Natural Health Tips

Ibn al-Qayyim: Garlic Can Benefit Cold Symptoms and Has a Variety of Therapeutical Uses

Garlic is a bulbous herb of the lily family, and is closely related to the onion, shallot and leek. Ibn al-Qayyim mentioned some of the benefits of garlic on the body, in his book "The Prophetic Medicine":

  • Garlic is beneficial for cold symptoms, such as inflammations and removing mucus from the throat
  • It aids digestion, bowel movement and reduces abdominal bloating
  • It can be used as a substitute for antidote in venom bites and cold sores
  • It is beneficial for a chronic cough
  • Can ease pain caused by toothache
  • It is hygienic and preserves health of most people
  • It can be used along with honey as an application for skin problems

Garlic contains many nutrients, but to benefit from garlic's nutritional value a lot would need to be consumed. With excessive consumption there can also be adverse effects, as is the case with excess of any type of food or nutrient.

Garlic is rich in phytochemicals that can protect the body from harm. These include:

A study conducted by the garlic Centre in East Sussex showed that garlic was effective in preventing the common cold, and allicin-containing garlic supplements were effective in treating infections caused by the hospital superbug, MRSA. They found that taking a daily garlic supplement containing allicin, reduced the risk of catching a cold by more than half (full article can be viewed here )

Studies have also been carried out on garlic's effectivness as:

  • An antimicrobial and antifungal agent;
  • Reducing cholesterol levels and generally improving heart health;
  • Reducing the risk of pre-eclampsia during pregnancy. Pre-eclampsia is a pregnancy-induced condition, and is characterized by high blood pressure, swelling due to fluid retention, and protein in the urine;
  • Cancer-prevention: numerous studies have shown that garlic has some cancer-preventative effect, in particular for prostate and stomach cancers.

Garlic Breath

The only main drawback of eating garlic is that it can cause bad breath. This is because garlic is full of sulphorous compounds and these compounds "feed" the bacteria in the mouth and bad breath (halitosis) is caused as a result.

There is no way to completely prevent this (except for not eating the garlic), but the effects of the odour can be reduced. The smell can be minimized by brushing your teeth after eating garlic, or eating fresh parsley or mint with the garlic.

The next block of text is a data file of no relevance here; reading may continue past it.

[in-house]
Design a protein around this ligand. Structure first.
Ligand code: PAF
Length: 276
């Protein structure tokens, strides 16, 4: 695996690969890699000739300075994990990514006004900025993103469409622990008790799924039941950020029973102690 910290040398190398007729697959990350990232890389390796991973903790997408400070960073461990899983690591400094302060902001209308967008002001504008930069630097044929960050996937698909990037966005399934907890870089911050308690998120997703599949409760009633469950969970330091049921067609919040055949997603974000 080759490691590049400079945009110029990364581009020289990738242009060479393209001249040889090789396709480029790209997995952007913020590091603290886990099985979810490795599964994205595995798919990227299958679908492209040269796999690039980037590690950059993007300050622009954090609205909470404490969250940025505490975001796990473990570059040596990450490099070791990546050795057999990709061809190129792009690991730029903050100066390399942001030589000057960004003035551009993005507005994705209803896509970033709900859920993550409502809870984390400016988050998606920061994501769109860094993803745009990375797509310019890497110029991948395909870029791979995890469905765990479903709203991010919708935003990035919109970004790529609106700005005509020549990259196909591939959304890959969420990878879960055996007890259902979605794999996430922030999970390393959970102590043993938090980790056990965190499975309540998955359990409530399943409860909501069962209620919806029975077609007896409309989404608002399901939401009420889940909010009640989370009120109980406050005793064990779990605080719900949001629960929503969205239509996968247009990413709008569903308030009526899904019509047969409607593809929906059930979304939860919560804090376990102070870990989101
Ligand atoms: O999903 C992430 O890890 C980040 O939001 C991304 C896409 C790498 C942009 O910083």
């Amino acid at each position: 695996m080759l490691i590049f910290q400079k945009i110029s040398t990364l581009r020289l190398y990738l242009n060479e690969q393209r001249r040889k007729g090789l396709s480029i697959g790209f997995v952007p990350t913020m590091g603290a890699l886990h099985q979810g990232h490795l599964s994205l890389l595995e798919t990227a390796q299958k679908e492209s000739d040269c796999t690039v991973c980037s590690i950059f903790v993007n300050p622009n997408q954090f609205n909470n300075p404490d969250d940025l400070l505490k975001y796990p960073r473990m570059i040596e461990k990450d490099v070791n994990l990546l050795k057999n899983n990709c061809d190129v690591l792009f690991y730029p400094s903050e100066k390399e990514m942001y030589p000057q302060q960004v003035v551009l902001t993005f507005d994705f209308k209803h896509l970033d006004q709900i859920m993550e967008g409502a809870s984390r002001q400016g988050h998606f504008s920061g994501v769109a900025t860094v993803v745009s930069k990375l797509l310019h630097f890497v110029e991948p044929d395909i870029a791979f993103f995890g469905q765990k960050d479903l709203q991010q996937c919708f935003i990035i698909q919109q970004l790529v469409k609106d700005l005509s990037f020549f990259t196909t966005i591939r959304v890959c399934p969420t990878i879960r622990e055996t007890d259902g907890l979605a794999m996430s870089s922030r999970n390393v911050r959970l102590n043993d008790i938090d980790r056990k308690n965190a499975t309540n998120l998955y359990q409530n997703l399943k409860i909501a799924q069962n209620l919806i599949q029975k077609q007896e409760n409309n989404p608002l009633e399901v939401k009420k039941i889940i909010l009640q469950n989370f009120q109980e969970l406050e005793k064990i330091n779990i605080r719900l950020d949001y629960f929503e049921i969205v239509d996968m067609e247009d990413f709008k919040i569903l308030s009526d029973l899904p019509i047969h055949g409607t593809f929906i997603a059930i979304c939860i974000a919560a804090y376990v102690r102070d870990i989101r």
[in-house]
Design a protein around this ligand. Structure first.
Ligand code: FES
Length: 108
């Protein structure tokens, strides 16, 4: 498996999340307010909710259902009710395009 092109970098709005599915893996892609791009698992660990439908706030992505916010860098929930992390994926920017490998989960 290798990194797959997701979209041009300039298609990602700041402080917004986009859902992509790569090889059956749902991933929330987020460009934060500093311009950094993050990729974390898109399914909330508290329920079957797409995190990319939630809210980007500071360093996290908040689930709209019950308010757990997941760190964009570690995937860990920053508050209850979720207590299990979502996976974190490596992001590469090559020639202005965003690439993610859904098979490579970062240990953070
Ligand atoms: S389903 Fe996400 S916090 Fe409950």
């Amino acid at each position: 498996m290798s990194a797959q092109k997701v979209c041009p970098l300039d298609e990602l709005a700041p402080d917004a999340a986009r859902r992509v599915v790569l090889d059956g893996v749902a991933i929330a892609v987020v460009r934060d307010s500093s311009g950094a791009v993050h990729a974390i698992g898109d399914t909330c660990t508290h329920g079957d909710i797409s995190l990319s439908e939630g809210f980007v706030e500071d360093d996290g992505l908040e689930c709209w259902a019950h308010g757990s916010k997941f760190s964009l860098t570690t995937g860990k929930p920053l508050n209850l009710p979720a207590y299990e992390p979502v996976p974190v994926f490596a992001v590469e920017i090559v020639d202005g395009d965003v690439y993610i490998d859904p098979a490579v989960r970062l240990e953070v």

Garlic Tips:

  • There are two common types of garlic: hardneck and softneck. This refers to the stem that the garlic grows from. Wild garlic is of the hardneck variety and the garlic used in cooking can be hardneck or softneck.

  • Peeling, crushing and cutting garlic increases the number and variety of active compounds, including the enzyme allinase. Scientists recommend waiting 15 minutes between peeling and cooking garlic to allow the allinase reaction to occur.

  • Garlic can burn easily when cooking, so brown it slowly.

  • Store your garlic in a cool dry place, but do not refrigerate.

References for further reading

  • Garlic: Effects on cardiovascular Risks and disease, Proliferative Effects Against cancer, and Clinical Adverse Effects. Accessed June 2, 2007.

  • Allium vegetables and Organosulfur Compounds: Do They Help Prevent cancer? html. Accessed June 3, 2007.

  • Efendy, JL et al. The effect of the aged garlic extract, "Kyolic," on the development of experimental atherosclerosis. Arterosclerosis. 1997;132:37-42.

  • Fleischauer, AT, Arab L. Garlic and cancer: a critical review of the epidemiologic literature. JNutrition. 2001;131:1032S-1040S.

  • Gonzalez C et al. Fruit and vegetable intake and the risk of stomach and oesophagus adenocarcinoma in the European Prospective Investigation into cancer and nutrition (EPIC-EURGAST). Intl cancer. 2006 May 15;118(10):2559-2566.

  • Hsing AW, Chokkalingam AP, Gao YT, et al. Allium vegetables and risk of prostate cancer: a population-based study. JNatl cancer Inst. 2002;94(21):1648-1651.

  • Jain AK. Can garlic reduce levels of serum lipids? A controlled clinical study. American Journal of medicine. 199-3;94:632-635.

  • Johnston N. Garlic: A natural antibiotic. Modern Drug Discovery. 2002; (5):12.

  • Mader FH. Treatment of hyperlipidemia with garlic-powder tablets. ArzneimittelForschung/Drug Research. 1990;40:3-8.

  • Milner JA. (2001) Mechanisms by which garlic and allyl sulfur compounds suppress carcinogen bioactivation. Garlic and carcinogenesis. Adv Exp Med Biol 492: 69-81.

  • Milner, JA. A historical perspective on garlic and cancer. J. nutrition. 2001. 131: 1027S-1031S.

  • Steiner M, Lin RS. Changes in platelet function and susceptibility of lipoproteins to oxidation associated with administration of aged garlic extract. J Cardiovasc Pharmacol. 1998;31:904-908.